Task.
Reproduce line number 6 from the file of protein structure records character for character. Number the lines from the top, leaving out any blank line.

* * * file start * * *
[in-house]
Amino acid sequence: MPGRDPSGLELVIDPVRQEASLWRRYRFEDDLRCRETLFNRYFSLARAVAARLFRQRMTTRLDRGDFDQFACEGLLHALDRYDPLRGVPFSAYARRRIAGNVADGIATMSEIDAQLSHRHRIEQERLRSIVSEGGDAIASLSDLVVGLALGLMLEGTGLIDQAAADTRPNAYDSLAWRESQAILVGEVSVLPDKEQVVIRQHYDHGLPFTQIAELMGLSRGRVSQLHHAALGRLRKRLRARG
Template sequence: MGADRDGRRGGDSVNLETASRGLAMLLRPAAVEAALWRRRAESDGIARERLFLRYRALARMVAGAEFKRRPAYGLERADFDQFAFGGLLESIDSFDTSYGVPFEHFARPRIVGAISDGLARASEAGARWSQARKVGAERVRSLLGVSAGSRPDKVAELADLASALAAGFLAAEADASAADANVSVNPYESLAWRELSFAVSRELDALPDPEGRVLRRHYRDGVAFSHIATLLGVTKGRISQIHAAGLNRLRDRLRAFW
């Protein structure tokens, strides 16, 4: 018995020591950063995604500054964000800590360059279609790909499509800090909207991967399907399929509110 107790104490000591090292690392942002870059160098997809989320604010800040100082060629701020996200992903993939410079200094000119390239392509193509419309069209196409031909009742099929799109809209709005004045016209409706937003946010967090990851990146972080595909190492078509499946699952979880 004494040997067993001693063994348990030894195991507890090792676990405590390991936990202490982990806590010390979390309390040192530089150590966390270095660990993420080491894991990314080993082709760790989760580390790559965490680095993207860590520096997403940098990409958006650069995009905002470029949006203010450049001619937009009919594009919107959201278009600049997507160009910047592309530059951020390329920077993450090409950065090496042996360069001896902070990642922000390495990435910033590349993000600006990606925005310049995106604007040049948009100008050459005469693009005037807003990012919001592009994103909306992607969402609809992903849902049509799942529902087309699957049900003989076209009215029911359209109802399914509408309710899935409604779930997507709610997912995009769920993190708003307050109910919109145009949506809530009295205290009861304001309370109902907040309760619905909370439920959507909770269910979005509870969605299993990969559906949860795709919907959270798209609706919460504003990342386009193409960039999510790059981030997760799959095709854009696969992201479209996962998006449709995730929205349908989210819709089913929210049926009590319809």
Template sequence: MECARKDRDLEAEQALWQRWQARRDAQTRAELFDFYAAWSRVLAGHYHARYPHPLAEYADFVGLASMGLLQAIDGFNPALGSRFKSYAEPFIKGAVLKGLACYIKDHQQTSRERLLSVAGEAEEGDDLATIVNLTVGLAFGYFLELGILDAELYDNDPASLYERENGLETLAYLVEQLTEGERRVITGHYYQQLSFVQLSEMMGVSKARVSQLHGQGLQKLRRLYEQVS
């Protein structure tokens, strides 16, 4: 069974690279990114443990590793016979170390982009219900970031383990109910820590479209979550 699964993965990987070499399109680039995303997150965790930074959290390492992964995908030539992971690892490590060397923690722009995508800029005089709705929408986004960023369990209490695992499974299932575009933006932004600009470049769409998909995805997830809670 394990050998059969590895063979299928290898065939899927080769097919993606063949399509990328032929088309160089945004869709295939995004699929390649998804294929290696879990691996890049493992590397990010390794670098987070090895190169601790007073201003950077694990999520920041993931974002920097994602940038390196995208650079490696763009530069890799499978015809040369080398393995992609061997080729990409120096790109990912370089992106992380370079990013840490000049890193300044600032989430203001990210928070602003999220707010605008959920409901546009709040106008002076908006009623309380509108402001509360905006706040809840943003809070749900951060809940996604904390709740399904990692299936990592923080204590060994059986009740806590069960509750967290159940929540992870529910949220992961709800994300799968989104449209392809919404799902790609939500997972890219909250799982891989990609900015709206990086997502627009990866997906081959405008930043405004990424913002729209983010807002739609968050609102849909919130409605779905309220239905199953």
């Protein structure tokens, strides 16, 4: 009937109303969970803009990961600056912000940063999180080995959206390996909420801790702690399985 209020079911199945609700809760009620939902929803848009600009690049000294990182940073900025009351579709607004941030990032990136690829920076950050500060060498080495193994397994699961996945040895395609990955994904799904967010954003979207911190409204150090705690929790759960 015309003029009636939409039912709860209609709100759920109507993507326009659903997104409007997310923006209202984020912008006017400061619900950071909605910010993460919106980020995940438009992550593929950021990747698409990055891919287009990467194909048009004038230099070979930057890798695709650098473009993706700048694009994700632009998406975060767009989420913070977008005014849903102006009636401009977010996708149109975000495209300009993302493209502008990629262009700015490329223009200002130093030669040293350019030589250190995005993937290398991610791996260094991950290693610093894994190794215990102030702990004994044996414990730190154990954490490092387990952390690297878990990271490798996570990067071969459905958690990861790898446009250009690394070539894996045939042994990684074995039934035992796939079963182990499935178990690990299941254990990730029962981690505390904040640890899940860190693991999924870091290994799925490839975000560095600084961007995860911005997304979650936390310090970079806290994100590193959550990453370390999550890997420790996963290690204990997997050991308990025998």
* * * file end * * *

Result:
């Protein structure tokens, strides 16, 4: 069974690279990114443990590793016979170390982009219900970031383990109910820590479209979550 699964993965990987070499399109680039995303997150965790930074959290390492992964995908030539992971690892490590060397923690722009995508800029005089709705929408986004960023369990209490695992499974299932575009933006932004600009470049769409998909995805997830809670 394990050998059969590895063979299928290898065939899927080769097919993606063949399509990328032929088309160089945004869709295939995004699929390649998804294929290696879990691996890049493992590397990010390794670098987070090895190169601790007073201003950077694990999520920041993931974002920097994602940038390196995208650079490696763009530069890799499978015809040369080398393995992609061997080729990409120096790109990912370089992106992380370079990013840490000049890193300044600032989430203001990210928070602003999220707010605008959920409901546009709040106008002076908006009623309380509108402001509360905006706040809840943003809070749900951060809940996604904390709740399904990692299936990592923080204590060994059986009740806590069960509750967290159940929540992870529910949220992961709800994300799968989104449209392809919404799902790609939500997972890219909250799982891989990609900015709206990086997502627009990866997906081959405008930043405004990424913002729209983010807002739609968050609102849909919130409605779905309220239905199953």